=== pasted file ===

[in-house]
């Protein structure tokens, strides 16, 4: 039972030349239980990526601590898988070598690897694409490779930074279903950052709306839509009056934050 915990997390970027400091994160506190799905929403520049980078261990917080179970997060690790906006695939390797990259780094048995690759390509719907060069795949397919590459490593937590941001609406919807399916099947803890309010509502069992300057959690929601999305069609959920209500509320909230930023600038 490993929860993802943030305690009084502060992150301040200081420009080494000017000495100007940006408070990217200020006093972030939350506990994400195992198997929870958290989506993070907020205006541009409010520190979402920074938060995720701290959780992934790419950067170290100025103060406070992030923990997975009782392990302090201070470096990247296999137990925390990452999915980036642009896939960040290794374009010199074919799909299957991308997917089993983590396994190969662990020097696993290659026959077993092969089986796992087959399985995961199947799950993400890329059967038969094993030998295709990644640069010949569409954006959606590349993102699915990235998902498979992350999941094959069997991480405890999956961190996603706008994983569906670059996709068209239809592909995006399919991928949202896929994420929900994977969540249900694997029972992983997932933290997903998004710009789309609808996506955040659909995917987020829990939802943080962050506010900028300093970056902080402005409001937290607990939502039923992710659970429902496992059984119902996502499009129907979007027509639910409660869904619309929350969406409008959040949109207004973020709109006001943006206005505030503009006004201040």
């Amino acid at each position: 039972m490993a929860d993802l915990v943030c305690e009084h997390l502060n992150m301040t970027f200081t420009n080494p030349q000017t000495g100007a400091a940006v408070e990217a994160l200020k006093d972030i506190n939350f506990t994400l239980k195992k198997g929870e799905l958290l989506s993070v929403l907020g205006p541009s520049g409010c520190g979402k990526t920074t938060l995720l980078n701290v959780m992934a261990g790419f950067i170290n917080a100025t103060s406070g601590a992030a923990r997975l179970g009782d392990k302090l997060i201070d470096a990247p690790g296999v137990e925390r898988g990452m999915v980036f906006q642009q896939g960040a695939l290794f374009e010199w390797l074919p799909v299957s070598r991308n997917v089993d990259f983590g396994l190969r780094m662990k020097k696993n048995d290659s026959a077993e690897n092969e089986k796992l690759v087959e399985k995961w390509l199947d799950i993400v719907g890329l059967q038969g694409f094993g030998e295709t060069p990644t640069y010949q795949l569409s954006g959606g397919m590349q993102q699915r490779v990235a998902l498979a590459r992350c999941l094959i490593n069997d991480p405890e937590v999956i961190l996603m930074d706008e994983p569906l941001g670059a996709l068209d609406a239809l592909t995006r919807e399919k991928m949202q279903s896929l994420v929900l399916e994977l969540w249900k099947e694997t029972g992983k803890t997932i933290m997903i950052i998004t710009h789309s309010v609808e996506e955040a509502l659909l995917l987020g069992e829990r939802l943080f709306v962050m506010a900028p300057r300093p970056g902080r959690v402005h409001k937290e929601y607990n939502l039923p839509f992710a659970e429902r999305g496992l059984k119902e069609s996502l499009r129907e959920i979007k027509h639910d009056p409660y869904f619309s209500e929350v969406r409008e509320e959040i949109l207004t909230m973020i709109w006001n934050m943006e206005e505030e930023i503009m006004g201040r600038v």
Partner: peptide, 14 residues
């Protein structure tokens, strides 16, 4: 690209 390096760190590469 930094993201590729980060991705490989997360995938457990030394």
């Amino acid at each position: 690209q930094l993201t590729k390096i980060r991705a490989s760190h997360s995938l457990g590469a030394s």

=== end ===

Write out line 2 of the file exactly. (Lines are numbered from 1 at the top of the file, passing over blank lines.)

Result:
């Protein structure tokens, strides 16, 4: 039972030349239980990526601590898988070598690897694409490779930074279903950052709306839509009056934050 915990997390970027400091994160506190799905929403520049980078261990917080179970997060690790906006695939390797990259780094048995690759390509719907060069795949397919590459490593937590941001609406919807399916099947803890309010509502069992300057959690929601999305069609959920209500509320909230930023600038 490993929860993802943030305690009084502060992150301040200081420009080494000017000495100007940006408070990217200020006093972030939350506990994400195992198997929870958290989506993070907020205006541009409010520190979402920074938060995720701290959780992934790419950067170290100025103060406070992030923990997975009782392990302090201070470096990247296999137990925390990452999915980036642009896939960040290794374009010199074919799909299957991308997917089993983590396994190969662990020097696993290659026959077993092969089986796992087959399985995961199947799950993400890329059967038969094993030998295709990644640069010949569409954006959606590349993102699915990235998902498979992350999941094959069997991480405890999956961190996603706008994983569906670059996709068209239809592909995006399919991928949202896929994420929900994977969540249900694997029972992983997932933290997903998004710009789309609808996506955040659909995917987020829990939802943080962050506010900028300093970056902080402005409001937290607990939502039923992710659970429902496992059984119902996502499009129907979007027509639910409660869904619309929350969406409008959040949109207004973020709109006001943006206005505030503009006004201040």